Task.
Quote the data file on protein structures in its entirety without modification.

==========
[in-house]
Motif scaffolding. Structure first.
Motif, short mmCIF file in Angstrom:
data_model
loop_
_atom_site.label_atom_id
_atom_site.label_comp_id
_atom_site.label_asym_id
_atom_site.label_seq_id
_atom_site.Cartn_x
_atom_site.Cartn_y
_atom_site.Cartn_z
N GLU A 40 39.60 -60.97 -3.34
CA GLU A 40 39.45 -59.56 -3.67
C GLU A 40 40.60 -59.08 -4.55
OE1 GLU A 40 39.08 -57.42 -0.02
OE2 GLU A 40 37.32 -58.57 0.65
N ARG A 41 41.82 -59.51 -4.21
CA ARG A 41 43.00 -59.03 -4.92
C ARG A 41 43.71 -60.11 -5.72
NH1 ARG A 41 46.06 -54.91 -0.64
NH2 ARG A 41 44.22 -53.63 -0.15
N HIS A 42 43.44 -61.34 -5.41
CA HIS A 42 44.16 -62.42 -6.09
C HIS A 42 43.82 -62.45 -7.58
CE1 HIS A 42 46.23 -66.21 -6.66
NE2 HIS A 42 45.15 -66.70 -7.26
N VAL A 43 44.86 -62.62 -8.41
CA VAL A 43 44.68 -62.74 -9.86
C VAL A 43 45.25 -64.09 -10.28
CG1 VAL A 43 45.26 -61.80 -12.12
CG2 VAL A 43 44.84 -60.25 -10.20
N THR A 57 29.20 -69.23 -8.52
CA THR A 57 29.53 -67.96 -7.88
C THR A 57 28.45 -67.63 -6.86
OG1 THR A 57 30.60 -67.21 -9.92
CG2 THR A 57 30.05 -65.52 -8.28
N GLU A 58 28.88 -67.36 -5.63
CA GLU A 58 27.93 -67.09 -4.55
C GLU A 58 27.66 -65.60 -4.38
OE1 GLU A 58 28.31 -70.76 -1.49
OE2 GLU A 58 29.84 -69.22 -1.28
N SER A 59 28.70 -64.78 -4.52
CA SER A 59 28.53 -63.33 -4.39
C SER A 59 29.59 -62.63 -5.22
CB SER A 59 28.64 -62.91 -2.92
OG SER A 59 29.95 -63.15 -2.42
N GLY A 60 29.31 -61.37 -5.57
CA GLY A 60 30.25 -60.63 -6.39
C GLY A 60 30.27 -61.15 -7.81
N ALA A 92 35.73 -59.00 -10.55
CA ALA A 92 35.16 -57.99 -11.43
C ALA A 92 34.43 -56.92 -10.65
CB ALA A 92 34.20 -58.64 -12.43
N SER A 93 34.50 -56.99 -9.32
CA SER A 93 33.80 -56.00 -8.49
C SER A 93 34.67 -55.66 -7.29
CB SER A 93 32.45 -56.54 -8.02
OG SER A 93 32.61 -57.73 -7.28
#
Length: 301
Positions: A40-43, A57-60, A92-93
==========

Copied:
[in-house]
Motif scaffolding. Structure first.
Motif, short mmCIF file in Angstrom:
data_model
loop_
_atom_site.label_atom_id
_atom_site.label_comp_id
_atom_site.label_asym_id
_atom_site.label_seq_id
_atom_site.Cartn_x
_atom_site.Cartn_y
_atom_site.Cartn_z
N GLU A 40 39.60 -60.97 -3.34
CA GLU A 40 39.45 -59.56 -3.67
C GLU A 40 40.60 -59.08 -4.55
OE1 GLU A 40 39.08 -57.42 -0.02
OE2 GLU A 40 37.32 -58.57 0.65
N ARG A 41 41.82 -59.51 -4.21
CA ARG A 41 43.00 -59.03 -4.92
C ARG A 41 43.71 -60.11 -5.72
NH1 ARG A 41 46.06 -54.91 -0.64
NH2 ARG A 41 44.22 -53.63 -0.15
N HIS A 42 43.44 -61.34 -5.41
CA HIS A 42 44.16 -62.42 -6.09
C HIS A 42 43.82 -62.45 -7.58
CE1 HIS A 42 46.23 -66.21 -6.66
NE2 HIS A 42 45.15 -66.70 -7.26
N VAL A 43 44.86 -62.62 -8.41
CA VAL A 43 44.68 -62.74 -9.86
C VAL A 43 45.25 -64.09 -10.28
CG1 VAL A 43 45.26 -61.80 -12.12
CG2 VAL A 43 44.84 -60.25 -10.20
N THR A 57 29.20 -69.23 -8.52
CA THR A 57 29.53 -67.96 -7.88
C THR A 57 28.45 -67.63 -6.86
OG1 THR A 57 30.60 -67.21 -9.92
CG2 THR A 57 30.05 -65.52 -8.28
N GLU A 58 28.88 -67.36 -5.63
CA GLU A 58 27.93 -67.09 -4.55
C GLU A 58 27.66 -65.60 -4.38
OE1 GLU A 58 28.31 -70.76 -1.49
OE2 GLU A 58 29.84 -69.22 -1.28
N SER A 59 28.70 -64.78 -4.52
CA SER A 59 28.53 -63.33 -4.39
C SER A 59 29.59 -62.63 -5.22
CB SER A 59 28.64 -62.91 -2.92
OG SER A 59 29.95 -63.15 -2.42
N GLY A 60 29.31 -61.37 -5.57
CA GLY A 60 30.25 -60.63 -6.39
C GLY A 60 30.27 -61.15 -7.81
N ALA A 92 35.73 -59.00 -10.55
CA ALA A 92 35.16 -57.99 -11.43
C ALA A 92 34.43 -56.92 -10.65
CB ALA A 92 34.20 -58.64 -12.43
N SER A 93 34.50 -56.99 -9.32
CA SER A 93 33.80 -56.00 -8.49
C SER A 93 34.67 -55.66 -7.29
CB SER A 93 32.45 -56.54 -8.02
OG SER A 93 32.61 -57.73 -7.28
#
Length: 301
Positions: A40-43, A57-60, A92-93